Looking at Reality: It Is What It Is

Impatiens in backyard. September 2012.
Photo by JStanton

“It is what it is,” she said to her friend as I was passing by, on my way to the annual arena sale near my home. 

Seems like a popular phrase lately, at least to my ears.  I hope this phrase—it is what it is— is not in danger of becoming a trivial one, like many often-used expressions, because I’ve learned that when people say this phrase, they’re not referring to some trivial occurrence but to a difficult, if not grave, circumstance in their lives.  I hear it from mourners and caregivers, those who have suffered major loss, and when I hear them speak these words, I know there’s more.  There’s more story to be told.  Simple words; complex situation.

So I seek to listen more closely, trying to remain open and porous so that the deeper significance of these words soak in:  a parent admitted to a nursing home, a spouse diagnosed with early Alzheimers, a longtime marriage ending, a bank account drained dry, a teenager recovering from addiction.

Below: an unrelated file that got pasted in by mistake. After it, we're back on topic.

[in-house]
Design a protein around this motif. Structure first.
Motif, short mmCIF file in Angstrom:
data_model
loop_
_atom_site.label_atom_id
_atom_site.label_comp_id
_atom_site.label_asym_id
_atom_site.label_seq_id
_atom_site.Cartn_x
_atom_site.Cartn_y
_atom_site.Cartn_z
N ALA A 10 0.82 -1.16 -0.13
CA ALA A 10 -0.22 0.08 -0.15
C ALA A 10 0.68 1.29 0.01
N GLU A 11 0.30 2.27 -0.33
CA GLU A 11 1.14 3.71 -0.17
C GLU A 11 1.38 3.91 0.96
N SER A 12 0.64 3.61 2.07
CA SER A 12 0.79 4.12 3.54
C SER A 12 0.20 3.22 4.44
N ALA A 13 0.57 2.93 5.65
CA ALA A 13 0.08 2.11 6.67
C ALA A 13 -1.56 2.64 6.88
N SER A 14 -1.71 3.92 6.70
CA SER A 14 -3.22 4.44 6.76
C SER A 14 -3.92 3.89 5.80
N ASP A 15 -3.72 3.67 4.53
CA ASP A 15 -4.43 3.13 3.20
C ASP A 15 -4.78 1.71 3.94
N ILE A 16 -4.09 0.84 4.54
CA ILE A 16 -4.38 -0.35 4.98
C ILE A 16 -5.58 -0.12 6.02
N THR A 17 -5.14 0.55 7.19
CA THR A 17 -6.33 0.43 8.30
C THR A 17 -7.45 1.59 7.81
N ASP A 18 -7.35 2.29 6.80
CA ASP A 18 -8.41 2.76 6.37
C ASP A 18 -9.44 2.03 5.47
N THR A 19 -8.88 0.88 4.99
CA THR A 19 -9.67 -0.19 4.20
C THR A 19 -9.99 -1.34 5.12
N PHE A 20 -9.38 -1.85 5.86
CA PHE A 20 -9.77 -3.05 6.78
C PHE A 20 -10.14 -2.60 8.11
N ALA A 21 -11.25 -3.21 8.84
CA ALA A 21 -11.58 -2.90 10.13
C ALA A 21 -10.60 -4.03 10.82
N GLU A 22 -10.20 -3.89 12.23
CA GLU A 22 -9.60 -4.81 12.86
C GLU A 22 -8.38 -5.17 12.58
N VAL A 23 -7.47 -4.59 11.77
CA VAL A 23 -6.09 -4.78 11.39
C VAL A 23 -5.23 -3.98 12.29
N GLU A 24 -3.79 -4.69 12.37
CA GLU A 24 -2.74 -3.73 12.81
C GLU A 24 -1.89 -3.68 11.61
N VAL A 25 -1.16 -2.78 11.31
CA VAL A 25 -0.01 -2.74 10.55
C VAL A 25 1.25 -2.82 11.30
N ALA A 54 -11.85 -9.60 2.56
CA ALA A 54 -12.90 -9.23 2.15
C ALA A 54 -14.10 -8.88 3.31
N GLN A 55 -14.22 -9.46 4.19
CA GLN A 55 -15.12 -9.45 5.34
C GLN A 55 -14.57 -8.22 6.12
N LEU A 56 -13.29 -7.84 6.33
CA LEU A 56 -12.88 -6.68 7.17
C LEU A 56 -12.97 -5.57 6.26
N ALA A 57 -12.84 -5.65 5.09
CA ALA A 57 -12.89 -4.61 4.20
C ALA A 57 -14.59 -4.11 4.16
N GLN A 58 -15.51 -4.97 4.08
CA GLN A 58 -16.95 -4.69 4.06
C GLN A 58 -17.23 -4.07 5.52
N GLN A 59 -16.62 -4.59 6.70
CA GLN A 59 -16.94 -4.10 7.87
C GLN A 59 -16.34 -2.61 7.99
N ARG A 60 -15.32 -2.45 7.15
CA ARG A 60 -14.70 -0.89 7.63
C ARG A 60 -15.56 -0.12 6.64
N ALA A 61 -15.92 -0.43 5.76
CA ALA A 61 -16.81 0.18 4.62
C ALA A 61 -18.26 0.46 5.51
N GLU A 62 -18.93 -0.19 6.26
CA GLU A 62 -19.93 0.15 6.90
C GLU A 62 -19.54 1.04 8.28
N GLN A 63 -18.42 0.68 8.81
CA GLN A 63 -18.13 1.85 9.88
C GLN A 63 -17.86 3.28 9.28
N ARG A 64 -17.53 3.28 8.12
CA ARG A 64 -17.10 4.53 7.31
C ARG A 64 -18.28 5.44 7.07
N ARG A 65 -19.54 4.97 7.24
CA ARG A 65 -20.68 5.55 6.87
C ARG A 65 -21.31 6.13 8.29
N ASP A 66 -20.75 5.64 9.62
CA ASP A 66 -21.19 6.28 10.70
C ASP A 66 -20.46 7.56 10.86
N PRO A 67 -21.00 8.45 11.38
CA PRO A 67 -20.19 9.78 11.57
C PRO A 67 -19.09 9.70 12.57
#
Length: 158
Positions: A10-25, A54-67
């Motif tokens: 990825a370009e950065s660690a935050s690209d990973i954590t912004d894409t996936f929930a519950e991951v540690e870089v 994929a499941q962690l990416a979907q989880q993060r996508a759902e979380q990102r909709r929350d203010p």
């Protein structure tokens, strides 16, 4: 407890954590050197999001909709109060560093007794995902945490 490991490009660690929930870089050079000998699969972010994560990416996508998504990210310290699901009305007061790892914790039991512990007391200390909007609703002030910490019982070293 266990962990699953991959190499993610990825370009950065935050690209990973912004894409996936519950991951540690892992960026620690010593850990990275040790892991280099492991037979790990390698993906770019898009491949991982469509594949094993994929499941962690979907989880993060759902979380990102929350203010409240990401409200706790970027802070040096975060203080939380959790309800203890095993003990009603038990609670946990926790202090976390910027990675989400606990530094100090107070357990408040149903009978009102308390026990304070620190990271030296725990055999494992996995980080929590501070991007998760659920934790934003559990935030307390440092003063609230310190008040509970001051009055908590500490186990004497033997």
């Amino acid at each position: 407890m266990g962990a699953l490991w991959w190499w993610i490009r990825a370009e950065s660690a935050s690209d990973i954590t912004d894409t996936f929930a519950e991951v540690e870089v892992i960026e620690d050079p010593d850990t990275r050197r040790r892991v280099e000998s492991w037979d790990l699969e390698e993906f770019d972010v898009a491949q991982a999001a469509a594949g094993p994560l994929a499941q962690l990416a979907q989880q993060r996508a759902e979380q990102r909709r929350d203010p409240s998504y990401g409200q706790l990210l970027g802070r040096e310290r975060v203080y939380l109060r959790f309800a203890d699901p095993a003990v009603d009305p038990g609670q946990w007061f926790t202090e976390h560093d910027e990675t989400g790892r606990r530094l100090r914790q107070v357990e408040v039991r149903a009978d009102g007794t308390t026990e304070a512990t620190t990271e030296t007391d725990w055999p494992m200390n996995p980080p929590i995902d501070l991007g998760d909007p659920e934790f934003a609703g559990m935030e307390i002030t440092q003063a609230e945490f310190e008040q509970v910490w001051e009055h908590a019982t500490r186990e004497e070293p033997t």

And then I begin to wonder, how long have they been on this particular journey? How long has it taken before they could say, “It is what it is?”  Probably awhile.  Maybe a long, long time.  The grief-filled road leading from denial and false hopes to honesty and acceptance is long and winding, requiring every last ounce of courage to say it is what it is.   To utter these words, it seems to me, requires a stark encounter with our powerlessness over that which we had hoped with all our might to change, but now know that we cannot and never will. 

But powerlessness does not mean despair.  Paradoxically, when we name our powerlessness, we claim our power.  When we are able to speak with stark honesty to the full significance of our struggle and relinquish the comfort of false hopes, we access a powerful, inner strength.  We stand at the threshold of hope, based not on wishful thinking but on reality. 

With feet firmly planted in the ground, we embrace the genuine hope  that enters our hearts as we begin a new journey:  life at a depth and significance that we would not have known otherwise.

It is what it is.

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